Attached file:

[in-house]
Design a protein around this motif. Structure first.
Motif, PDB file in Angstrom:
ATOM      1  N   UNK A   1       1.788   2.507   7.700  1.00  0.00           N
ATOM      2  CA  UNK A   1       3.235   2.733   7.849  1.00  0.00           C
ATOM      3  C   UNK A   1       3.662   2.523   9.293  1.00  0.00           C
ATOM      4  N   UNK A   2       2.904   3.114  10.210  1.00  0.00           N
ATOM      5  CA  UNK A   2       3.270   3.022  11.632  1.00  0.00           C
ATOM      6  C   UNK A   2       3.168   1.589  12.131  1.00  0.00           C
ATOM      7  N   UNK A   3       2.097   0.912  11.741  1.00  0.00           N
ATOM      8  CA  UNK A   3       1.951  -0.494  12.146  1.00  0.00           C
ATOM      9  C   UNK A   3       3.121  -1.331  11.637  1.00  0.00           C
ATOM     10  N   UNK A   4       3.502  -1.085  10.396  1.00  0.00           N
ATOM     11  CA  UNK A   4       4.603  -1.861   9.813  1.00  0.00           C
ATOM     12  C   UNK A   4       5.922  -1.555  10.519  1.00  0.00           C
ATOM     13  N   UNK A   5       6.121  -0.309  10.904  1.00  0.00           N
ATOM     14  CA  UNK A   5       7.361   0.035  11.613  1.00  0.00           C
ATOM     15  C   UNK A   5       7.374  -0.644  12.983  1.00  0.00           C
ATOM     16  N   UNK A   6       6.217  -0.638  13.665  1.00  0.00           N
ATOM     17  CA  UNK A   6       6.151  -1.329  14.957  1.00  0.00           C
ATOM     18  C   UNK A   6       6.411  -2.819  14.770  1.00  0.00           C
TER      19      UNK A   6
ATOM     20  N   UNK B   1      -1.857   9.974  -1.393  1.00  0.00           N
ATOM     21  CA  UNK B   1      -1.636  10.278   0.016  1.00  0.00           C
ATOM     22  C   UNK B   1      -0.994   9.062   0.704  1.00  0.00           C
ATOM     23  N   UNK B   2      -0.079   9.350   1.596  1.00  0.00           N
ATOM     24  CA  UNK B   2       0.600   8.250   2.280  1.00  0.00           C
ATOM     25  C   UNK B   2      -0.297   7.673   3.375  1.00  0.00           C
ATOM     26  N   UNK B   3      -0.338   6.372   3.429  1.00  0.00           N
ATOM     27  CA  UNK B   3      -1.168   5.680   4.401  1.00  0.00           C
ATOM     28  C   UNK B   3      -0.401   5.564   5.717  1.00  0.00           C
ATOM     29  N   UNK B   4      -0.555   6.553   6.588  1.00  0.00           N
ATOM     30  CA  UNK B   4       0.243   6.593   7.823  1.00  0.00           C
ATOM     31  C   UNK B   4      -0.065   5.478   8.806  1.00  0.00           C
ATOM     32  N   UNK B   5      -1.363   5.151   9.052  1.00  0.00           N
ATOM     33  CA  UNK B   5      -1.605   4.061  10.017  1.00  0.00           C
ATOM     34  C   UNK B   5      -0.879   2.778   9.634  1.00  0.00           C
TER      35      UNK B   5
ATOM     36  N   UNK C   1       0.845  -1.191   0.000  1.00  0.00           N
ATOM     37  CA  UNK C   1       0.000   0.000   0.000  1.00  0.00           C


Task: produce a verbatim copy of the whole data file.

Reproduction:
[in-house]
Design a protein around this motif. Structure first.
Motif, PDB file in Angstrom:
ATOM      1  N   UNK A   1       1.788   2.507   7.700  1.00  0.00           N
ATOM      2  CA  UNK A   1       3.235   2.733   7.849  1.00  0.00           C
ATOM      3  C   UNK A   1       3.662   2.523   9.293  1.00  0.00           C
ATOM      4  N   UNK A   2       2.904   3.114  10.210  1.00  0.00           N
ATOM      5  CA  UNK A   2       3.270   3.022  11.632  1.00  0.00           C
ATOM      6  C   UNK A   2       3.168   1.589  12.131  1.00  0.00           C
ATOM      7  N   UNK A   3       2.097   0.912  11.741  1.00  0.00           N
ATOM      8  CA  UNK A   3       1.951  -0.494  12.146  1.00  0.00           C
ATOM      9  C   UNK A   3       3.121  -1.331  11.637  1.00  0.00           C
ATOM     10  N   UNK A   4       3.502  -1.085  10.396  1.00  0.00           N
ATOM     11  CA  UNK A   4       4.603  -1.861   9.813  1.00  0.00           C
ATOM     12  C   UNK A   4       5.922  -1.555  10.519  1.00  0.00           C
ATOM     13  N   UNK A   5       6.121  -0.309  10.904  1.00  0.00           N
ATOM     14  CA  UNK A   5       7.361   0.035  11.613  1.00  0.00           C
ATOM     15  C   UNK A   5       7.374  -0.644  12.983  1.00  0.00           C
ATOM     16  N   UNK A   6       6.217  -0.638  13.665  1.00  0.00           N
ATOM     17  CA  UNK A   6       6.151  -1.329  14.957  1.00  0.00           C
ATOM     18  C   UNK A   6       6.411  -2.819  14.770  1.00  0.00           C
TER      19      UNK A   6
ATOM     20  N   UNK B   1      -1.857   9.974  -1.393  1.00  0.00           N
ATOM     21  CA  UNK B   1      -1.636  10.278   0.016  1.00  0.00           C
ATOM     22  C   UNK B   1      -0.994   9.062   0.704  1.00  0.00           C
ATOM     23  N   UNK B   2      -0.079   9.350   1.596  1.00  0.00           N
ATOM     24  CA  UNK B   2       0.600   8.250   2.280  1.00  0.00           C
ATOM     25  C   UNK B   2      -0.297   7.673   3.375  1.00  0.00           C
ATOM     26  N   UNK B   3      -0.338   6.372   3.429  1.00  0.00           N
ATOM     27  CA  UNK B   3      -1.168   5.680   4.401  1.00  0.00           C
ATOM     28  C   UNK B   3      -0.401   5.564   5.717  1.00  0.00           C
ATOM     29  N   UNK B   4      -0.555   6.553   6.588  1.00  0.00           N
ATOM     30  CA  UNK B   4       0.243   6.593   7.823  1.00  0.00           C
ATOM     31  C   UNK B   4      -0.065   5.478   8.806  1.00  0.00           C
ATOM     32  N   UNK B   5      -1.363   5.151   9.052  1.00  0.00           N
ATOM     33  CA  UNK B   5      -1.605   4.061  10.017  1.00  0.00           C
ATOM     34  C   UNK B   5      -0.879   2.778   9.634  1.00  0.00           C
TER      35      UNK B   5
ATOM     36  N   UNK C   1       0.845  -1.191   0.000  1.00  0.00           N
ATOM     37  CA  UNK C   1       0.000   0.000   0.000  1.00  0.00           C